As part of International Women's Day (IWD) 2023, Te Whatu Ora is taking an in-depth look at two of IWD's key missions - to assist women to be in a position of power to make informed decisions about their health; and to forge inclusive work cultures where women's careers thrive and their achievements are celebrated.
Capital, Coast and Hutt Valley Clinical Nurse Specialist (Diabetes) Julie Bate, helps demystify a health condition experienced by approximately 4000 women each year in New Zealand.
What do you do?
I educate women about diabetes and its management while pregnant, working very closely with them throughout their pregnancy and up to 6-weeks post-delivery. This involves monitoring blood glucose levels, medication and insulin use, support and mentoring and developing management plans. We encourage a balanced diet, gentle physical activity (if safe), mental well-being, and breast-feeding.
What made you decide on this particular career path?
I first developed an interest in diabetes while working in primary health as a Practice Nurse. It can affect all ages of the life span, and can also have a huge impact on individuals and families. I wanted to increase my knowledge of diabetes and its management, and was fortunate to be offered a position as a Diabetes Nurse at Wellington Regional Hospital. I have always had an interest in women's health, and after becoming a Nurse Prescriber in Diabetes, I moved into the area of diabetes in pregnancy. I am very passionate about my role because we can make a huge difference to maternal and foetal outcomes.
What do you enjoy most about your role?
I love working in a multidisciplinary team (MDT) with my diabetes colleagues alongside the obstetric team, midwives, nurses, dietitians, and healthcare assistants. We are all passionate about maternal health and achieving excellent standards of healthcare. I enjoy building rapport with the women I work with, and helping them to feel safe and supported at a time when they can feel very worried and overwhelmed.
How do we, as the health sector, best support women going through gestational diabetes?
Diabetes in pregnancy is an extra stress for our women. It can be overwhelming, but our MDT approach promotes equity, access, engagement, communication, support, consistent advice and education, and expertise to our women and their families.
What makes you particularly passionate about women's health?
Pregnancy is an incredibly special time for the women and their families. I feel very privileged to be part of this time and this journey!
How do we make sure there is equity of care for all women diagnosed with gestational diabetes?
We embrace diversity and are inclusive. This is a journey of partnership and our aim is to empower women to achieve the best possible maternal health outcomes. Accessing resources and support through other key providers to ensure equity is important – for example, translators, the Sign Language Service, Whanau Support, Pacific Health Unit, Taeaomanino, Vaka Atafaga, social workers and mental wellbeing support.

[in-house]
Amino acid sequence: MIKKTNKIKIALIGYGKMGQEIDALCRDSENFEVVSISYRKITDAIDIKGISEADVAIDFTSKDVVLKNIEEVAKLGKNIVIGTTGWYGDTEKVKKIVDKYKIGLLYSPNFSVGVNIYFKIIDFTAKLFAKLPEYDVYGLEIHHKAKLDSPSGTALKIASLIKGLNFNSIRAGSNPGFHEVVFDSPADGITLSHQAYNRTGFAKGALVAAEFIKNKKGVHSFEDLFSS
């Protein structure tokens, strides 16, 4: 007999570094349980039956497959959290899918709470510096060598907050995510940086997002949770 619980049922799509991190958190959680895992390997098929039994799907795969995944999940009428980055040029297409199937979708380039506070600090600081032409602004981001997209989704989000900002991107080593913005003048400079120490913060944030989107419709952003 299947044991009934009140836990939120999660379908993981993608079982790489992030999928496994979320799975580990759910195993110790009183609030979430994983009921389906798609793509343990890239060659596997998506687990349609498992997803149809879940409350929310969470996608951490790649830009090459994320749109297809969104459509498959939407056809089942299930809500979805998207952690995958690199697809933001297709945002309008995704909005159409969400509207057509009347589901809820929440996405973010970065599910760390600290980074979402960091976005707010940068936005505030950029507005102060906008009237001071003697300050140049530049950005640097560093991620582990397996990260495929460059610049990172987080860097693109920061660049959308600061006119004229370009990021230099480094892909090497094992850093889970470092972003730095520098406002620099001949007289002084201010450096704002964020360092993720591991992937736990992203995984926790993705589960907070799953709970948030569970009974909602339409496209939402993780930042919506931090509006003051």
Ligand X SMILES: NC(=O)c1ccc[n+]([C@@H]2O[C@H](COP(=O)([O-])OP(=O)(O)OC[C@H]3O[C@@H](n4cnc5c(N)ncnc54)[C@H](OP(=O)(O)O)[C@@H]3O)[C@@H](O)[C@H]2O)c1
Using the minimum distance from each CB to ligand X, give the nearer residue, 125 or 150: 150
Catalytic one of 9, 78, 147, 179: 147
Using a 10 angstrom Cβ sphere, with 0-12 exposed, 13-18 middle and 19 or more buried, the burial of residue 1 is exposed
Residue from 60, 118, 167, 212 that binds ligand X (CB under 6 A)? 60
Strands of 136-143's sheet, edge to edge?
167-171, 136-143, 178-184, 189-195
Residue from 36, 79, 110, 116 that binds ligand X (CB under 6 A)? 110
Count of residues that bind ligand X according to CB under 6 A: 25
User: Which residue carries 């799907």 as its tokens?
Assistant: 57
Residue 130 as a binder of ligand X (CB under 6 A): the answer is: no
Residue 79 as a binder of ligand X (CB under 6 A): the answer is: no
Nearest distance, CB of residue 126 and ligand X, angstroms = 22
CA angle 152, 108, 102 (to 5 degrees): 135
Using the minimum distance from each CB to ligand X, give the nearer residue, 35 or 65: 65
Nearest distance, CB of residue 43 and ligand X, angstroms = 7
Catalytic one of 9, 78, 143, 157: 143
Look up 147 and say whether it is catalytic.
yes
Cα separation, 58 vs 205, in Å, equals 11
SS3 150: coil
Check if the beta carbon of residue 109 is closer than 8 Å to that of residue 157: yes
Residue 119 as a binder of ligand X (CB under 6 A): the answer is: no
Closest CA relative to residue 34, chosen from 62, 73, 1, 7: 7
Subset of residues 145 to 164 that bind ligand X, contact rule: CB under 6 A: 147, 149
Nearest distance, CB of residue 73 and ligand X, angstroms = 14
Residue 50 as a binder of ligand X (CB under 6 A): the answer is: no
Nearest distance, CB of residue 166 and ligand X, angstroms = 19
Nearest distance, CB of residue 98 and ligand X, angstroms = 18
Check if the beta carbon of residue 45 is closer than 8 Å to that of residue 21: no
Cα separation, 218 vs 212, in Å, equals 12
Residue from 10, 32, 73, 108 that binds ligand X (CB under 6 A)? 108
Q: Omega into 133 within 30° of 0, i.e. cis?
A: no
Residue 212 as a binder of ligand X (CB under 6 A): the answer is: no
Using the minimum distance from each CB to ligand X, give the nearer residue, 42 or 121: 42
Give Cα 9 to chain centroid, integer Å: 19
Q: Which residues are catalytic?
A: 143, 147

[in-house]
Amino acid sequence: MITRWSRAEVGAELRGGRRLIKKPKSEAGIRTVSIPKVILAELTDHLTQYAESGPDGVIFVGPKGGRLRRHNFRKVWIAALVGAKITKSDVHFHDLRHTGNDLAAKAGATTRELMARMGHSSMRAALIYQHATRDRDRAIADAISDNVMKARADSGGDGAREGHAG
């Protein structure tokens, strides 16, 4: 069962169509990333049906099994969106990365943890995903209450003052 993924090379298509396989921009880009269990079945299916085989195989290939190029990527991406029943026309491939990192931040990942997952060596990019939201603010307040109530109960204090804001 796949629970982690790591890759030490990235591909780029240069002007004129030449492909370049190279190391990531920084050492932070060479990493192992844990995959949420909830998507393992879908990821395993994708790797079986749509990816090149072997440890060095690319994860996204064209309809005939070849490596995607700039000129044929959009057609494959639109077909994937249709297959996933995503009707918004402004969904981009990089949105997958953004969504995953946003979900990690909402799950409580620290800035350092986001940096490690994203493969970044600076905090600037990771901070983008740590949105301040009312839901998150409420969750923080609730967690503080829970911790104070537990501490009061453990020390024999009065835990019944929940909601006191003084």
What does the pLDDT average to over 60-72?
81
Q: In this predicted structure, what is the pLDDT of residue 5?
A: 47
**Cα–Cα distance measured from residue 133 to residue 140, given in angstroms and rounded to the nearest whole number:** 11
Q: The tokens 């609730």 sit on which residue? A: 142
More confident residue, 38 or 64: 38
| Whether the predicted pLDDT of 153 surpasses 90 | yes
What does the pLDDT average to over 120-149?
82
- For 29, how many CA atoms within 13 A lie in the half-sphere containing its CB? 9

The use of technology and recent innovations for people with diabetes, such as insulin pumps and Continuous Glucose Monitoring Systems (CGMS) also aids equity, however funding for these remains a significant equity issue.
Are there any misconceptions about, or stigma attached to, gestational diabetes?
Yes, women who develop gestational diabetes often feel guilty or that it is their fault. We reassure all of our women that this is not the case. There are a lot of misconceptions and stigma regarding insulin use in the community, but it is the gold standard treatment for diabetes in pregnancy. Insulin is safe in pregnancy because it doesn't cross the placenta to the baby. Having information like this is important, knowledge is empowering!
Is it a common condition, or has it become more common in recent years?
Gestational diabetes affects around 4-8 % of pregnancies in New Zealand. This seems to be fairly stable according to our hospital statistics. However, because diabetes outside of pregnancy is increasing, we are seeing more women in our clinic with existing diabetes. These pregnancies are more complex.
Have you seen improvements in the way gestational diabetes is diagnosed, treated and managed in your time in your role?
The biggest change from my perspective has been around the management of type 1 diabetes in pregnancy, delivery and postnatally. The use of technology has increased (insulin pumps and CGMS) and I have seen improved maternal outcomes and fewer neonatal unit admissions during my time in this role.
What does international women's day mean to you?
International Women's Day is a global day celebrating the achievements of women and gives us the opportunity to reflect on our progress to date and look to the future. The future for me is to embrace the movement promoting equity for women worldwide.
What would you like to see the future of women's healthcare look like?
Equity - through excellent health outcomes for all our women and their families.
Photo caption: Julie Bate (seated, second from left) with her team